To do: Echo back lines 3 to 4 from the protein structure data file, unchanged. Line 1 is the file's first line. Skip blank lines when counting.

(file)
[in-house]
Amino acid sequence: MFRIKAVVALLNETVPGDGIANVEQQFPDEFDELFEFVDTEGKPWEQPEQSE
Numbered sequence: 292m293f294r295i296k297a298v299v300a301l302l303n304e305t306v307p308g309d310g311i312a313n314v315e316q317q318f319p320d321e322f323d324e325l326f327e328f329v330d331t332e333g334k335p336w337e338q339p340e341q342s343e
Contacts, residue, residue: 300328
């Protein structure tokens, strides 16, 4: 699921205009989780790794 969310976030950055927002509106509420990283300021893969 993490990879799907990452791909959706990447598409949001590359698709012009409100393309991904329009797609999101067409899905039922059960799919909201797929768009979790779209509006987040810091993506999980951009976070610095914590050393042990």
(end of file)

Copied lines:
Numbered sequence: 292m293f294r295i296k297a298v299v300a301l302l303n304e305t306v307p308g309d310g311i312a313n314v315e316q317q318f319p320d321e322f323d324e325l326f327e328f329v330d331t332e333g334k335p336w337e338q339p340e341q342s343e
Contacts, residue, residue: 300328